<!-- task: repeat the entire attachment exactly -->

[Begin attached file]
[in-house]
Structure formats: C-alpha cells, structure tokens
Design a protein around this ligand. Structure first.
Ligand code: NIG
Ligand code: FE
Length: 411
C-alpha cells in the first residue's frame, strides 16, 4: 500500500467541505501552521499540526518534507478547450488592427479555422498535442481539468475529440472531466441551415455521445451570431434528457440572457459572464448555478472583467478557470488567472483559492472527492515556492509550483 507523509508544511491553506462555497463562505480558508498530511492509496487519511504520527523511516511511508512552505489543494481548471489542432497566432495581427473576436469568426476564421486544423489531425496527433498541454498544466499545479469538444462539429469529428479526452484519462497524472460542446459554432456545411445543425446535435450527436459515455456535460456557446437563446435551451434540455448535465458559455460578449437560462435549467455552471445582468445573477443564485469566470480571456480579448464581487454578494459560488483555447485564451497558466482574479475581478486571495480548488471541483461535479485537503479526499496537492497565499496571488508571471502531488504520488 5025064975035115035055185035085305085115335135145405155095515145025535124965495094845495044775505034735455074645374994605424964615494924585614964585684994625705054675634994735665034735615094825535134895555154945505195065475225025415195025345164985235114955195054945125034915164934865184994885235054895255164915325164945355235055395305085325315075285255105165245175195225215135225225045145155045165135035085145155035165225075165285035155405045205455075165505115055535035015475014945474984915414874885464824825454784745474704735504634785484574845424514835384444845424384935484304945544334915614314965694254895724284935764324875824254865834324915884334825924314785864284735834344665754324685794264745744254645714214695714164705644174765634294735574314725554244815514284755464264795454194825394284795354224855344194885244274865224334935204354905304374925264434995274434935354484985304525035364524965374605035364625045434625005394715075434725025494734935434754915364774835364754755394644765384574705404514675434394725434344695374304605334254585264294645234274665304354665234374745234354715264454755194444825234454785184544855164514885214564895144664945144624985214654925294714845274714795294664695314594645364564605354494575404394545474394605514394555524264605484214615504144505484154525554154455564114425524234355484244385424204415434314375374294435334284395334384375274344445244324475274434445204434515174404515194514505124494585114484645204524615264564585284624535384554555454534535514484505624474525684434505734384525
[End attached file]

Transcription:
[in-house]
Structure formats: C-alpha cells, structure tokens
Design a protein around this ligand. Structure first.
Ligand code: NIG
Ligand code: FE
Length: 411
C-alpha cells in the first residue's frame, strides 16, 4: 500500500467541505501552521499540526518534507478547450488592427479555422498535442481539468475529440472531466441551415455521445451570431434528457440572457459572464448555478472583467478557470488567472483559492472527492515556492509550483 507523509508544511491553506462555497463562505480558508498530511492509496487519511504520527523511516511511508512552505489543494481548471489542432497566432495581427473576436469568426476564421486544423489531425496527433498541454498544466499545479469538444462539429469529428479526452484519462497524472460542446459554432456545411445543425446535435450527436459515455456535460456557446437563446435551451434540455448535465458559455460578449437560462435549467455552471445582468445573477443564485469566470480571456480579448464581487454578494459560488483555447485564451497558466482574479475581478486571495480548488471541483461535479485537503479526499496537492497565499496571488508571471502531488504520488 5025064975035115035055185035085305085115335135145405155095515145025535124965495094845495044775505034735455074645374994605424964615494924585614964585684994625705054675634994735665034735615094825535134895555154945505195065475225025415195025345164985235114955195054945125034915164934865184994885235054895255164915325164945355235055395305085325315075285255105165245175195225215135225225045145155045165135035085145155035165225075165285035155405045205455075165505115055535035015475014945474984915414874885464824825454784745474704735504634785484574845424514835384444845424384935484304945544334915614314965694254895724284935764324875824254865834324915884334825924314785864284735834344665754324685794264745744254645714214695714164705644174765634294735574314725554244815514284755464264795454194825394284795354224855344194885244274865224334935204354905304374925264434995274434935354484985304525035364524965374605035364625045434625005394715075434725025494734935434754915364774835364754755394644765384574705404514675434394725434344695374304605334254585264294645234274665304354665234374745234354715264454755194444825234454785184544855164514885214564895144664945144624985214654925294714845274714795294664695314594645364564605354494575404394545474394605514394555524264605484214615504144505484154525554154455564114425524234355484244385424204415434314375374294435334284395334384375274344445244324475274434445204434515174404515194514505124494585114484645204524615264564585284624535384554555454534535514484505624474525684434505734384525